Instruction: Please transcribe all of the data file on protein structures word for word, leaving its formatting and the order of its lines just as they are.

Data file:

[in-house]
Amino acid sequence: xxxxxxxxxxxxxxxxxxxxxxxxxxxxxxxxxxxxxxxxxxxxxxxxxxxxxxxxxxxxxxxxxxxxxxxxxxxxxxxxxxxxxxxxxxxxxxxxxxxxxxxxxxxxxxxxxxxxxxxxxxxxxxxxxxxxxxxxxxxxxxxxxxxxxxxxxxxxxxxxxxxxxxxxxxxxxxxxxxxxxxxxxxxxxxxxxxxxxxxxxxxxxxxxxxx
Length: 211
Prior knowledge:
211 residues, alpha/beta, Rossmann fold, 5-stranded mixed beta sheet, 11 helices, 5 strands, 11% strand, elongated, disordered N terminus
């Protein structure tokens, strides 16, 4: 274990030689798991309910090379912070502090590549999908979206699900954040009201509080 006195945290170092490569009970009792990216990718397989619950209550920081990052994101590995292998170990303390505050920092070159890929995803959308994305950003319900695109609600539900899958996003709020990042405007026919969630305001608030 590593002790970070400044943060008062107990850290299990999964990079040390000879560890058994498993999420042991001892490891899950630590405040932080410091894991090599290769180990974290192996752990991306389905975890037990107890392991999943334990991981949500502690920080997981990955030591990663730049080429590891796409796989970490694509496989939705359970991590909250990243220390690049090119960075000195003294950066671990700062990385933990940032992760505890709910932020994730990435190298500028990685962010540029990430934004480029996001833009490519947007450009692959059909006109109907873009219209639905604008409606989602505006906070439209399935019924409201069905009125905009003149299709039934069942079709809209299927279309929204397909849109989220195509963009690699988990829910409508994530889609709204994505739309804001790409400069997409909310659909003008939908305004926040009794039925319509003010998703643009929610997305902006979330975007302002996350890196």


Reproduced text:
[in-house]
Amino acid sequence: xxxxxxxxxxxxxxxxxxxxxxxxxxxxxxxxxxxxxxxxxxxxxxxxxxxxxxxxxxxxxxxxxxxxxxxxxxxxxxxxxxxxxxxxxxxxxxxxxxxxxxxxxxxxxxxxxxxxxxxxxxxxxxxxxxxxxxxxxxxxxxxxxxxxxxxxxxxxxxxxxxxxxxxxxxxxxxxxxxxxxxxxxxxxxxxxxxxxxxxxxxxxxxxxxxx
Length: 211
Prior knowledge:
211 residues, alpha/beta, Rossmann fold, 5-stranded mixed beta sheet, 11 helices, 5 strands, 11% strand, elongated, disordered N terminus
């Protein structure tokens, strides 16, 4: 274990030689798991309910090379912070502090590549999908979206699900954040009201509080 006195945290170092490569009970009792990216990718397989619950209550920081990052994101590995292998170990303390505050920092070159890929995803959308994305950003319900695109609600539900899958996003709020990042405007026919969630305001608030 590593002790970070400044943060008062107990850290299990999964990079040390000879560890058994498993999420042991001892490891899950630590405040932080410091894991090599290769180990974290192996752990991306389905975890037990107890392991999943334990991981949500502690920080997981990955030591990663730049080429590891796409796989970490694509496989939705359970991590909250990243220390690049090119960075000195003294950066671990700062990385933990940032992760505890709910932020994730990435190298500028990685962010540029990430934004480029996001833009490519947007450009692959059909006109109907873009219209639905604008409606989602505006906070439209399935019924409201069905009125905009003149299709039934069942079709809209299927279309929204397909849109989220195509963009690699988990829910409508994530889609709204994505739309804001790409400069997409909310659909003008939908305004926040009794039925319509003010998703643009929610997305902006979330975007302002996350890196």